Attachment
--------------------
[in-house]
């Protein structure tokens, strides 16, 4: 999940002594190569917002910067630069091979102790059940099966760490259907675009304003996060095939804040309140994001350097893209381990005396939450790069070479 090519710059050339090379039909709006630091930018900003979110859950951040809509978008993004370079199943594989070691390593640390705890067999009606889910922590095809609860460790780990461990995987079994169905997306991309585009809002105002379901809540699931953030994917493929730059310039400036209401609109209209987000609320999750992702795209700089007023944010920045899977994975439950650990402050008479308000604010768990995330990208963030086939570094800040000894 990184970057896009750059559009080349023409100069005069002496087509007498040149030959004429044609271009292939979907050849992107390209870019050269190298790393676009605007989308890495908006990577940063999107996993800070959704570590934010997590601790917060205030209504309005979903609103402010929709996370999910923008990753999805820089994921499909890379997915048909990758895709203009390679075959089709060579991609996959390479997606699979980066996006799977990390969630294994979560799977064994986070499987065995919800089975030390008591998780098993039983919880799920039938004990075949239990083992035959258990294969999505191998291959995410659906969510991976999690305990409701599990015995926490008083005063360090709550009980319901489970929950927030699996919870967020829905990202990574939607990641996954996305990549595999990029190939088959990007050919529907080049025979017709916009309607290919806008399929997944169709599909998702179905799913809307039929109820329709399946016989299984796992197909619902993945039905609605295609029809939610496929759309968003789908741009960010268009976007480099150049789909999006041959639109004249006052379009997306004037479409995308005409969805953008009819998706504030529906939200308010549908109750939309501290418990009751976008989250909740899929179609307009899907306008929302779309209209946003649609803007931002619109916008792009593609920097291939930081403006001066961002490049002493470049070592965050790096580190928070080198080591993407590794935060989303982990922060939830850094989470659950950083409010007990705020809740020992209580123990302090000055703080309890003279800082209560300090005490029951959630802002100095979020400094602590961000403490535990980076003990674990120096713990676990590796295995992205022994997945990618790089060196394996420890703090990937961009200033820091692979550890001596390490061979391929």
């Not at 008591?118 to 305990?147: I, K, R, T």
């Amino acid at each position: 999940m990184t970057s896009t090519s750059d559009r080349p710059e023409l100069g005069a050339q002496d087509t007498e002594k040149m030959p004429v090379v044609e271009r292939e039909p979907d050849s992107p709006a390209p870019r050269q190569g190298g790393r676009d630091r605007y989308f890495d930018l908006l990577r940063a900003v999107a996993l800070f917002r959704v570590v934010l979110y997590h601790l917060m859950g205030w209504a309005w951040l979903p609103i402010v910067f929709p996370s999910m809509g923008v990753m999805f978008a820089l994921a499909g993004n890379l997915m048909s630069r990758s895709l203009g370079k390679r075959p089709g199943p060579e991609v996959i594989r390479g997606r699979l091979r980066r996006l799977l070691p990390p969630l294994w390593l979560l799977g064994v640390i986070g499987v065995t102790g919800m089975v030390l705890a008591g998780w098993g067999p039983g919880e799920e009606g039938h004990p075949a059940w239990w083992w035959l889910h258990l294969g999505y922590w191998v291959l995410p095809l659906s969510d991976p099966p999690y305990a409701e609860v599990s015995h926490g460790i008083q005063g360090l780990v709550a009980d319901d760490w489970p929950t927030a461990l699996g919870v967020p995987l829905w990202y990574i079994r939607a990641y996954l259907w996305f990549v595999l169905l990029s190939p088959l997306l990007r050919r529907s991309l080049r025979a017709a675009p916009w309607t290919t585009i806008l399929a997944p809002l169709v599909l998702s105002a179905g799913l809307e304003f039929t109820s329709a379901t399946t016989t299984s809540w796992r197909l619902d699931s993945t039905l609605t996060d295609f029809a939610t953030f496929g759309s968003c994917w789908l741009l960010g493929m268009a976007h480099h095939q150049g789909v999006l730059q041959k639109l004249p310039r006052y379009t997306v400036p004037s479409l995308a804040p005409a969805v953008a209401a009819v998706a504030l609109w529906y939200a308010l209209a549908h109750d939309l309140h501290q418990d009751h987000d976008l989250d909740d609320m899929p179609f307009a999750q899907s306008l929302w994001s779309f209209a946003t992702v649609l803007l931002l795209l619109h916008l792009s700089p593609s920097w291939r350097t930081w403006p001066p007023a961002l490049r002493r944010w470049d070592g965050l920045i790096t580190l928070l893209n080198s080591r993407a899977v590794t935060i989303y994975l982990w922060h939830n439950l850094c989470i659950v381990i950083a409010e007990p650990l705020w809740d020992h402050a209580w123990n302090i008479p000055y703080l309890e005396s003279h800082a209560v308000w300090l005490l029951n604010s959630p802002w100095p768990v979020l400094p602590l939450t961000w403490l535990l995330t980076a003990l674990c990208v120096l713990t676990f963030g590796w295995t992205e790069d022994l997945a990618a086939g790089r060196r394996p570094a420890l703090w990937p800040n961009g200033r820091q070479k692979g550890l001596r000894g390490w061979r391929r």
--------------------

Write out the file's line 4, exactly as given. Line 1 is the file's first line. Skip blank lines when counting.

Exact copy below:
């Amino acid at each position: 999940m990184t970057s896009t090519s750059d559009r080349p710059e023409l100069g005069a050339q002496d087509t007498e002594k040149m030959p004429v090379v044609e271009r292939e039909p979907d050849s992107p709006a390209p870019r050269q190569g190298g790393r676009d630091r605007y989308f890495d930018l908006l990577r940063a900003v999107a996993l800070f917002r959704v570590v934010l979110y997590h601790l917060m859950g205030w209504a309005w951040l979903p609103i402010v910067f929709p996370s999910m809509g923008v990753m999805f978008a820089l994921a499909g993004n890379l997915m048909s630069r990758s895709l203009g370079k390679r075959p089709g199943p060579e991609v996959i594989r390479g997606r699979l091979r980066r996006l799977l070691p990390p969630l294994w390593l979560l799977g064994v640390i986070g499987v065995t102790g919800m089975v030390l705890a008591g998780w098993g067999p039983g919880e799920e009606g039938h004990p075949a059940w239990w083992w035959l889910h258990l294969g999505y922590w191998v291959l995410p095809l659906s969510d991976p099966p999690y305990a409701e609860v599990s015995h926490g460790i008083q005063g360090l780990v709550a009980d319901d760490w489970p929950t927030a461990l699996g919870v967020p995987l829905w990202y990574i079994r939607a990641y996954l259907w996305f990549v595999l169905l990029s190939p088959l997306l990007r050919r529907s991309l080049r025979a017709a675009p916009w309607t290919t585009i806008l399929a997944p809002l169709v599909l998702s105002a179905g799913l809307e304003f039929t109820s329709a379901t399946t016989t299984s809540w796992r197909l619902d699931s993945t039905l609605t996060d295609f029809a939610t953030f496929g759309s968003c994917w789908l741009l960010g493929m268009a976007h480099h095939q150049g789909v999006l730059q041959k639109l004249p310039r006052y379009t997306v400036p004037s479409l995308a804040p005409a969805v953008a209401a009819v998706a504030l609109w529906y939200a308010l209209a549908h109750d939309l309140h501290q418990d009751h987000d976008l989250d909740d609320m899929p179609f307009a999750q899907s306008l929302w994001s779309f209209a946003t992702v649609l803007l931002l795209l619109h916008l792009s700089p593609s920097w291939r350097t930081w403006p001066p007023a961002l490049r002493r944010w470049d070592g965050l920045i790096t580190l928070l893209n080198s080591r993407a899977v590794t935060i989303y994975l982990w922060h939830n439950l850094c989470i659950v381990i950083a409010e007990p650990l705020w809740d020992h402050a209580w123990n302090i008479p000055y703080l309890e005396s003279h800082a209560v308000w300090l005490l029951n604010s959630p802002w100095p768990v979020l400094p602590l939450t961000w403490l535990l995330t980076a003990l674990c990208v120096l713990t676990f963030g590796w295995t992205e790069d022994l997945a990618a086939g790089r060196r394996p570094a420890l703090w990937p800040n961009g200033r820091q070479k692979g550890l001596r000894g390490w061979r391929r």